Hey Matt, wonderful article! I just picked up the Beltminus myself for just about the same deal in the same color you did; I plan on furthering my kit as you did and I really do appreciate the addition and consideration of the assault pack to your gear. It helps with it’s versatility and seems like it could actually be used to move somewhere, someplace, with reasonable kit and reasonable chances. My main question is regarding that shock-cord that you’ve used on your kit. Where exactly did you get it from and what kind of techniques did you use to… Read more »


Well done sir! I run a small sewing shop making nylon gear. People like you who actually use the gear are gold mines for design and ideas!
Holler if you ever want to talk gear!
Kody from

josh tall
josh tall

Thank you for the most informative article. It is nice to see a thought out and logically written piece that isn’t an ad for specific equipment companies.

I now have ideas on moving forward with a well thought out rig setup. Thank you again!

Mac G.
Mac G.

I wish I didn’t find this article so late. I would have been able to find out about that First Spear harness sooner and get my hands on it before it was discontinued. Shame that it was, the straps look way more comfortable than their new Joker rig. Only place I could find it is on their site and nobody is hocking theirs on ebay.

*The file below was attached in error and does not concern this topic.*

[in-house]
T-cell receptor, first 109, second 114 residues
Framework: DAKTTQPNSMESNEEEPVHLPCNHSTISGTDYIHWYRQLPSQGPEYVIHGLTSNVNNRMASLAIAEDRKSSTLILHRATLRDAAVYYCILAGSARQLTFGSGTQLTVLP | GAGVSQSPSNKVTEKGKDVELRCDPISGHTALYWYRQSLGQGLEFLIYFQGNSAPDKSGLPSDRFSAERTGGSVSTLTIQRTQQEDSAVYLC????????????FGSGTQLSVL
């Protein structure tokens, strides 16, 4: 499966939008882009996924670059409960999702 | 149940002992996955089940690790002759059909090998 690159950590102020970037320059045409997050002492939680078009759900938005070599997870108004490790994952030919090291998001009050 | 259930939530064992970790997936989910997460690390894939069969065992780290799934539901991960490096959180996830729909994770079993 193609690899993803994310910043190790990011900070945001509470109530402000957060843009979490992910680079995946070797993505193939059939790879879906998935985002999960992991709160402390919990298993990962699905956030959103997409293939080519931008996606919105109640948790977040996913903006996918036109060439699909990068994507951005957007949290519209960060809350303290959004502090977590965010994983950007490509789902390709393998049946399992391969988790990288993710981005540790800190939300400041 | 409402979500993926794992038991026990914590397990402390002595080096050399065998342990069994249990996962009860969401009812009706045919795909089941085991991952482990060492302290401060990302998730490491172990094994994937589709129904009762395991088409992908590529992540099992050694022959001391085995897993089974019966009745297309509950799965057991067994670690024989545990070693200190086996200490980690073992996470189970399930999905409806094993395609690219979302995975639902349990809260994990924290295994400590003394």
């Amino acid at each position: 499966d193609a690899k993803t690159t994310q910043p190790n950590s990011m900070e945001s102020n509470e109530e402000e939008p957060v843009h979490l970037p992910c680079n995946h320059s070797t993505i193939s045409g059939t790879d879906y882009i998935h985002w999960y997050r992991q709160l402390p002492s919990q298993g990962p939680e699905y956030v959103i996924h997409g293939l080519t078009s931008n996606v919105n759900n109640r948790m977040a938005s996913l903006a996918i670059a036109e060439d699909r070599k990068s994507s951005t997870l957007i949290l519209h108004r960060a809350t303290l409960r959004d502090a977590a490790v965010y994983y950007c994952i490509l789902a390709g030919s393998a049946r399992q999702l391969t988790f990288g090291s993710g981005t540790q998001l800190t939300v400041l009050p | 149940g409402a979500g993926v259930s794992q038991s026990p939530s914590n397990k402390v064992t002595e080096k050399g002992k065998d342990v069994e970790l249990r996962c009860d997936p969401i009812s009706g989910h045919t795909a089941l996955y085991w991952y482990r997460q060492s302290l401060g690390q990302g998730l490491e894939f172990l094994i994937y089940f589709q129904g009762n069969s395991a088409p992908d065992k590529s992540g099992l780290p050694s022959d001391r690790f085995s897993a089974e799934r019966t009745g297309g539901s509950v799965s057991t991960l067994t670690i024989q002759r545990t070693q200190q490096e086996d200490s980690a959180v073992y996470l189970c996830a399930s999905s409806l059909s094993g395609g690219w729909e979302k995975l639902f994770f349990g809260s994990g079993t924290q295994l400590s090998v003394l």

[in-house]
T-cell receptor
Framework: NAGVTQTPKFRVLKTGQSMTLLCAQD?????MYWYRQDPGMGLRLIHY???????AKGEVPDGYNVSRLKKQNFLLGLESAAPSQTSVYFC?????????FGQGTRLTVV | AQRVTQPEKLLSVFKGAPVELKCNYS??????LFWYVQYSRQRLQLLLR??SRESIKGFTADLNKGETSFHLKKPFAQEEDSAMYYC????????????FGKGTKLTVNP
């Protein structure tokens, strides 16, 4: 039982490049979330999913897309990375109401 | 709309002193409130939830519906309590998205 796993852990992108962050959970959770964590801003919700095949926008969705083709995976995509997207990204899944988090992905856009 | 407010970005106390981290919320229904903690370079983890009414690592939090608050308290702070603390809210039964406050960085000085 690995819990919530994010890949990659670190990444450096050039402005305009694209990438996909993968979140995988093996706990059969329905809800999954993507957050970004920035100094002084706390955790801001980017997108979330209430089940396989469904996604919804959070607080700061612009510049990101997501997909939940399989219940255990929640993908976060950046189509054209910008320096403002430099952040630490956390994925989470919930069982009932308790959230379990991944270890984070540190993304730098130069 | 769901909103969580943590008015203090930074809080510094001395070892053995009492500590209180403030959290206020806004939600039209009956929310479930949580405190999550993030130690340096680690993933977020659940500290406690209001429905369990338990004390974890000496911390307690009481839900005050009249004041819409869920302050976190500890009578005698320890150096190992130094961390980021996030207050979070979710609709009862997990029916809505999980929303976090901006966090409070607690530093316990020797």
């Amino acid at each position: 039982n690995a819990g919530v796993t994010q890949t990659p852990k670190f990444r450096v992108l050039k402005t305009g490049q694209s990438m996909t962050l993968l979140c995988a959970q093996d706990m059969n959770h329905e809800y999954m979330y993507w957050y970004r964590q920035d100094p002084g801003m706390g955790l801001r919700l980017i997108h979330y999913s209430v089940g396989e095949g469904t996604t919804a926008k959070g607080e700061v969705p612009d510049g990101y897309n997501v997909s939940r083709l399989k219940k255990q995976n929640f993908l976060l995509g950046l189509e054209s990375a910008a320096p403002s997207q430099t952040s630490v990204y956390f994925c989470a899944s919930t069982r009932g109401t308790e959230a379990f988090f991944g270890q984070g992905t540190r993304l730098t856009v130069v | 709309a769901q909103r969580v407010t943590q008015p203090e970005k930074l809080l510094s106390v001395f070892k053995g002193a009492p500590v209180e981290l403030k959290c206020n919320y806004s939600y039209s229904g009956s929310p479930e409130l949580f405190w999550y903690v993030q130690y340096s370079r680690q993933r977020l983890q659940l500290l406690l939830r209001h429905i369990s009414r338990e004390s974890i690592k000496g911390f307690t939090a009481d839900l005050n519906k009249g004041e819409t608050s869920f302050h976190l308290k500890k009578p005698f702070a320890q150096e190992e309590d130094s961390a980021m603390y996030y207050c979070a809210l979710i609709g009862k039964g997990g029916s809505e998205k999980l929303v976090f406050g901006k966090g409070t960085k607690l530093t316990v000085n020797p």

Good article, been thinking of putting one together.

Anri Sorel
Anri Sorel

Great article as usual. I have two somewhat related questions: first, a few of the options you’ve listed here are discontinued, or have discontinued components. Are there any on-market substitutes that you’d recommend? Second, what criteria do you use to pick out “good” items in the market, that one might use to evaluate individual pieces of kit?

Anri Sorel
Anri Sorel
Replying to  Matt

Thanks for the info!

S.R. Crawford
S.R. Crawford

These kinds of rigs have been my go-to for years now, at least since I first started collecting surplus in high school. One of my first rigs was an M1956, although more durable materials are available now I think there’s something to be said for cotton canvas in terms of comfort. It seems to absorb bounce a bit better than nylon and isn’t as abrasive, but I’ll agree that it’s not a worthwhile tradeoff for durability. Seeing as it’s set up to be “period correct” I’ve never used it in the field as that would require changing things around in… Read more »


Just curious. What is your typical butt pack load?


Belt kits continue to intrigue me, enough to make me want to put one together someday. But, for now, I agree with you that the best general purpose kit is a battle belt/chest rig combo, depending on environment of course. My belt and chest rig are nearly the same weight, but the belt edges out as being just a little heavier. Both are around 16lbs a piece all said and done. The chest rig carries the meat and potatoes of the rig, rifle ammo, water, and comms. The belt takes care of the rest (handgun, extra rifle ammo, pistol ammo,… Read more »

JD Long

Best overview I have seen. MOLLE APM number 13, PEO Soldier. US Army

Michael Cain

I am a 60 year old vet. Went into Army in 1980 and got out in 1992. We used LBE entire time. I ruck 2x per week: 5 miles w/ 55lb dead load. I use a “Chinese” H-Harness with a pistol belt and a Blackhawk pad for the belt. I have a 2d kit that I use when I am on volunteer missions with local Search and Rescue. Different loadout. The basic premise of a “fighting load” and a “sustainment load” is still valid. I understand that in the past 20 years, the Army has moved away from a “field… Read more »